Finally, we have the last group of three additional papers that have diverse objectives in their work. For example, Solé-Beteta et al. [30] proposed a methodology and associated model to measure student engagement in VLEs using more than 30 digital interactions and events during a synchronous lesson. Of course, many of these digital interactions are captured via sensors, such as students’ faces, gestural poses, or even audio from their voices. They also validated this methodology by building a software prototype tested in two different synchronous learning activities. The article by [31] presents an evaluation framework to assess the generalizability of machine learning models that use sensor data for LA called EFAR-MMLA and tests it with two datasets with audio and log data; the authors concluded that the framework does indeed help to solve the problematic issue of generalizability. Finally, the last paper Horvers et al. [32] conducted a systematic literature review on how the electrodermal activity (EDA), collected by sensors, is currently used within learning settings. They screened more than 1200 records to finally keep 27 studies in the review, finding considerable variation in the usage of EDA and inconsistent associations between physiological arousal and learning outcomes. They concluded that there is a need for explicit guidelines and standards for EDA processing in educational contexts due to the variability found in the review.
All these SI articles are open access and accessible through the following link: (Last access date: 1 November 2022).

3. Conclusions and Future of Sensor-Based Technologies in Education

The SI has gathered diverse papers demonstrating the affordances of using sensor data or sensor-based tools within educational settings. However, we also need to consider the potential caveats and drawbacks within this research area to mitigate the risks while optimizing the benefits. Although numerous studies are emerging in the literature, it is still challenging to find practitioners using these technologies in day-to-day teaching. Therefore, it is hard to find significant findings that are robust enough to identify underlying dependencies across the explored variables or to replicate studies to see whether results are universal and which of them are context-dependent [10]. We need more resilient science in this context that can help overcome these current limitations.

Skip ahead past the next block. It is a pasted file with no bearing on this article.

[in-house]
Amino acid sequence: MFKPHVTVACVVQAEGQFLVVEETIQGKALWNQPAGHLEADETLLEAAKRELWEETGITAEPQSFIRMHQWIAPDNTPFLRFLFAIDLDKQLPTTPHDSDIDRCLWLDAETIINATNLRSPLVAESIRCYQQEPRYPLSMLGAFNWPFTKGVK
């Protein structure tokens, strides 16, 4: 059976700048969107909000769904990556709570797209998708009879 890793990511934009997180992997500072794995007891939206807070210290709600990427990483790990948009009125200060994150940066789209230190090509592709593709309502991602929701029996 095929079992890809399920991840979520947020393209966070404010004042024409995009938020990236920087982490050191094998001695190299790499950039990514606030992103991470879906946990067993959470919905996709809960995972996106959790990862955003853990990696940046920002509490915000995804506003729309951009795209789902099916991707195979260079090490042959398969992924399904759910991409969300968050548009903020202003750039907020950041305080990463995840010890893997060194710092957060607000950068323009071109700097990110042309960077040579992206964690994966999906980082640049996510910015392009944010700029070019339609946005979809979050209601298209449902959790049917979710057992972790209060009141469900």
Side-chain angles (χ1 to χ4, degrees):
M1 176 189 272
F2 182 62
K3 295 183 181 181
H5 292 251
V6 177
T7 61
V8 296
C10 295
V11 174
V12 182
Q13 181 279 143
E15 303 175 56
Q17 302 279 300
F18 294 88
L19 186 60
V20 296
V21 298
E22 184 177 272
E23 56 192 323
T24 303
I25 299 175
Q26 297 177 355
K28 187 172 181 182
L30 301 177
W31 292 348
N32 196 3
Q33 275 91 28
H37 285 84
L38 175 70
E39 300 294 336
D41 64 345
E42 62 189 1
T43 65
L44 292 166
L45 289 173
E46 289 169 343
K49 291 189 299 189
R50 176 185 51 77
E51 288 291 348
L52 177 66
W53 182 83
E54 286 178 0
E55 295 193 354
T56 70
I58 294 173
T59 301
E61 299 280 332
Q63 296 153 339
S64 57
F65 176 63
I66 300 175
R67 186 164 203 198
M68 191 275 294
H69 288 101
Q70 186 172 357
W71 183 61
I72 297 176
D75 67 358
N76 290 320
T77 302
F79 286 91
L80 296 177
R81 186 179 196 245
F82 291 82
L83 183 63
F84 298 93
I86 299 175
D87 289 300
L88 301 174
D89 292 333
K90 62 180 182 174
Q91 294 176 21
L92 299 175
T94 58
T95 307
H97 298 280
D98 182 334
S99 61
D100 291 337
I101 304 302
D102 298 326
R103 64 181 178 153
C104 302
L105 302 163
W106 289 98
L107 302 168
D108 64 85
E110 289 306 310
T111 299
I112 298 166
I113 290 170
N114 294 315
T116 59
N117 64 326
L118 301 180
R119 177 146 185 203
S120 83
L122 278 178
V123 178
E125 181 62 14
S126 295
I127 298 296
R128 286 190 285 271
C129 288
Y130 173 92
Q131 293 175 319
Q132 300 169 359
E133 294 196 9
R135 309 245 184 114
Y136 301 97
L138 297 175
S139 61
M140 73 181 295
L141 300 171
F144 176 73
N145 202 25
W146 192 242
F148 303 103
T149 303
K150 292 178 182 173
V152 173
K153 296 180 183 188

The future of sensors and multimodal innovations in education is promising, and there are certain directions where it can have a real positive impact. For example, to improve the training of professionals that need to develop complex cognitive abilities that are required for a role (such as stress regulation in works under heavy pressure [33]) or those that require practicing specific motor skills (such as nurses or doctors in healthcare education [5]). Moreover, these technologies can also be promising to support remote teaching and distance learning with more realistic and immersive activities that more closely mimic face-to-face embodied learning experiences while maintaining the flexibility of these learning modalities [34]. However, future work should also tackle some main challenges, such as model transfer across contexts, ethical and equity concerns, scalability, and good alignment with the instructional design, among many others.


Author Contributions

Conceptualization, J.A.R.-V., R.M.-M., D.D.M. and J.S.; writing—original draft preparation, J.A.R.-V., R.M.-M., D.D.M. and J.S. All authors have read and agreed to the published version of the manuscript.


This research received no external funding.

Institutional Review Board Statement

Not applicable.

Informed Consent Statement

Not applicable.

Data Availability Statement

Not applicable.


We appreciate all the authors that have contributed to the articles published within this Special Issue. Moreover, we would like to express our gratitude to the editorial office of Sensors for their cooperation in preparing this SI.

Conflicts of Interest

The authors declare no conflict of interest.


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Ruipérez-Valiente, J.A.; Martínez-Maldonado, R.; Di Mitri, D.; Schneider, J. From Sensor Data to Educational Insights. Sensors 2022, 22, 8556.

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Ruipérez-Valiente JA, Martínez-Maldonado R, Di Mitri D, Schneider J. From Sensor Data to Educational Insights. Sensors. 2022; 22(21):8556.

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Ruipérez-Valiente, José A., Roberto Martínez-Maldonado, Daniele Di Mitri, and Jan Schneider. 2022. "From Sensor Data to Educational Insights" Sensors 22, no. 21: 8556.